• Delicious in taste
  • Special in aroma.

23
Overdone hospitality
  • The host would say to the guest, it is very
    sorry that we could not offer you as many as
    possible dishes because of a short notice of your
    visit. Please help yourself.
  • This statement gave a surprise to the guest.
  • There is so much food, why, how could we finish?

24
Overdone hospitality
  • Moreover, the Chinese host would try his best to
    persuade the guests to eat more than they could.
    This would be a great show of the hospitality and
    the perfect respect to the guests.

25
Hospitality in US
  • American people also keep their hospitality
    towards their guests. At a family dinner party,
    an appropriate amount of food would be offered to
    the guest. (not as many kinds as the Chinese do,
    but quite enough to eat)

26
A Gift to Friends
  • Gift is only a symbol of person-to-person
    communication as well as a reminder for the past
    experience in terms of friendship.
  • It is normal both in U.S. or in China that people
    like to offer gifts to their friends.

27
A Gift to Friends
  • In China, sending a gift to a guest, sometimes,
    is a devotion to show ones sincere thanks or
    best wishes to others.
  • They would think hard and decide what to be sent.
    Usually the gift looks very special.

28
A Gift to Friends
  • The Americans would be more practical in
    presenting a gift to their friends if necessary.
  • It seems that they would concentrate more on the
    practice of friendship than on the offer of gift
    itself.

29
Table Manners
  • Chinese would invite their guests to their family
    for a family dinner party, especially when they
    have known each other very well.
  • To dine with the Chinese family would always be a
    happy event to the host/hostess and the guests,
    but sometimes some misunderstandings or
    confusions might be inevitable.

30
Table Arrangement
  • Round Table
  • (Chinese)

H
G
2
1
Mostly the hostess of the family or the female
members would not sit at the table with the
guests.
4
3
6
5
8
7
(Door)
31
Table Arrangement
  • Round Table
  • (International)

Host
3
1
7
5
6
8
2
4
Hostess
(Door)
32
Use of Chopsticks
  • Misuse of chopsticks (some forbidden behaviors)
  • 1) Never erect the chopsticks in the bowl (It is
    a ritual for the respect of the dead),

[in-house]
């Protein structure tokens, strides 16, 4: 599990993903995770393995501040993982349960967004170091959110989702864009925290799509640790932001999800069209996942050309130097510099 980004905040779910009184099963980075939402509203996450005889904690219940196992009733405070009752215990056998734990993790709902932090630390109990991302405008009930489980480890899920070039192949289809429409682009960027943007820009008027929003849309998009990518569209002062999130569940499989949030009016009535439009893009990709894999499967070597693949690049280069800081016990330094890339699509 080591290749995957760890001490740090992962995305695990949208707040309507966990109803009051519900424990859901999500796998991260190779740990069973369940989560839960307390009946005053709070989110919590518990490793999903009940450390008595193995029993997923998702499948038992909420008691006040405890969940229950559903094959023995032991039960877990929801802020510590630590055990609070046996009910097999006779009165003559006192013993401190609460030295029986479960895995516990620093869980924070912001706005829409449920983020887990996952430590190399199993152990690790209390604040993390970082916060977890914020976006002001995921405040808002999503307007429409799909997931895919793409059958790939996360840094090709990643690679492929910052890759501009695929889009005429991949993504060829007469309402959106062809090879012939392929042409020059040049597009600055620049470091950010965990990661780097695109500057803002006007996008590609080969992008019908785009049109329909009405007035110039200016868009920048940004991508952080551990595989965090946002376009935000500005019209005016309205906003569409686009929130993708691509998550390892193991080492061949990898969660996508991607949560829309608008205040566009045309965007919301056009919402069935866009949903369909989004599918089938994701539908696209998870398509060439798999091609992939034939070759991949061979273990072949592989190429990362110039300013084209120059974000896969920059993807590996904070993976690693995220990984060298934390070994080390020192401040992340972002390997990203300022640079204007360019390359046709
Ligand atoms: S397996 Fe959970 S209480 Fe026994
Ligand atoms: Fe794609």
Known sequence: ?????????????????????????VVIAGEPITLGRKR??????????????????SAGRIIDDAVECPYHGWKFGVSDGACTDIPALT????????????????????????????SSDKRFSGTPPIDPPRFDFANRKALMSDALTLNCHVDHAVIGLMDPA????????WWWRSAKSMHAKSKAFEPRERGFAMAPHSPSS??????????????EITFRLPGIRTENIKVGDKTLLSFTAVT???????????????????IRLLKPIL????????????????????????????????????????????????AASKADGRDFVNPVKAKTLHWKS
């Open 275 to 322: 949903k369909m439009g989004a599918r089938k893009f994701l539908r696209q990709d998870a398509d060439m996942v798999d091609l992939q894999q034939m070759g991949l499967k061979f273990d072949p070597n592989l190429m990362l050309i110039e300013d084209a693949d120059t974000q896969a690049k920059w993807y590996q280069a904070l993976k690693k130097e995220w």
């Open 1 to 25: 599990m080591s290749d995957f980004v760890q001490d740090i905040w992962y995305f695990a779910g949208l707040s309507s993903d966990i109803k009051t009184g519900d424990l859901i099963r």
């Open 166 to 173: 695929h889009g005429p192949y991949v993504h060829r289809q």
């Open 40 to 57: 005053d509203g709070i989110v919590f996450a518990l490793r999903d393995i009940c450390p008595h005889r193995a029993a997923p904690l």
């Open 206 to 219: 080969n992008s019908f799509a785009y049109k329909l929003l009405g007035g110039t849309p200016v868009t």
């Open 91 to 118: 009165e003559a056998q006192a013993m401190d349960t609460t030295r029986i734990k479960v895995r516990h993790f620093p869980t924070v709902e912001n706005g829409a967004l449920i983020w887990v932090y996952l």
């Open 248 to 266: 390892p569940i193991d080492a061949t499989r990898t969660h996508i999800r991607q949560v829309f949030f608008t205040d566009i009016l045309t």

• 2) Never cross the chopsticks on the rim of the
    bowl,
  • 3) Dont suck the chopsticks,
  • 4) Dont move the chopsticks to point the others
    at the table,
  • 5) Dont use the chopsticks as other tools.

33
Taking Noodles
  • Noodle soup is one of the every-day delicacies in
    China, especially in the Northern part of China.
  • However, the fact that the noodles are slurped
    means eating noodles from soup is a noisy affair.
    Such noise is taken for granted as part of the
    dining experience.

34
Taking Noodles
  • Noise from Noodles
  • 1) it is hard not to make noise while eating
    noodles
  • 2) noodles could be cooled by slurping in slowly
  • 3) it is an indication that people are enjoying
    the meal.

35
Taking Noodles
  • It is nation-wide accepted that people in China
    use the chopsticks to eat noodles while the
    Americans use the fork.

36
Drinking at Table
  • To show their hospitality to the guests,
  • To make the guests feel welcomed,
  • To create a harmonious atmosphere at the table,
  • To feast their guests as much as possible.
  • Notes sips and bottoms-ups

37
Romance and sexuality
  • A love story between a Chinese young lady and an
    American young man.
  • What do you want to do?
  • Where to go today?
  • Up to you.
  • Whatever you want to do.
  • Wherever you want to go.
  • At last, love has lost.

38
Romance
  • Chinese perspective
  • It is a desirable trait in China for one to think
    for others in a loving relationship, or even in
    partnership.
  • People sometimes tend to subordinate their own
    needs to others in order to show respect, or
    love, or politeness.

39
Romance
  • American perspective
  • In the western cultures, couples who are truly in
    love typically share thoughts and opinions about
    almost all things all the time.
  • The lack of opinion about what she and he might
    do could be a sign one was losing interest in the
    other. It may mean that one no longer loves the
    other.

40
Directly or Indirectly Showing Your Love
  • The responses to the expression I love
    you are different.
  • An American man would directly say I love you
    to the lady he loves.
  • A Chinese man would say something in a roundabout
    way to express his idea.

41
A Dream of Butterfly
  • A typical love affair in ancient China about
    saying I Love You directly or indirectly.
  • The major characters Shanbo Liang (m) and
    Yingtai Zhu (f).

42
A Dream of Butterfly
43
Different Sense of Beauty
The picture below just indicates the different
angles between the Chinese and the westerners in
appreciation of the beauty of human body.
44
Privacy
  • Privacy seems to be the priority in US and in
    China people have been more and more aware of
    privacy since Deng Xiaopings open-door policy.
    But it still needs much improvement.

45
Queuing
Queuing in public could tell exactly the
difference between Chinese and American cultures.
The Americans would like to keep a distance in
between, but the Chinese would like to stand as
closely as possible while queuing.
46
Other Differences
The sense of punctuation is one aspect that tells
the different attitudes. The blue picture
indicates the time most western people keep,
while the red picture indicates the attitude of
the most Chinese towards the time.
47
Showering in day or at night?
True or not? It is controversial.
48
Leadership
Different concepts in leadership between the
Americans and the Chinese.
49
The End Thanks a Lot!
50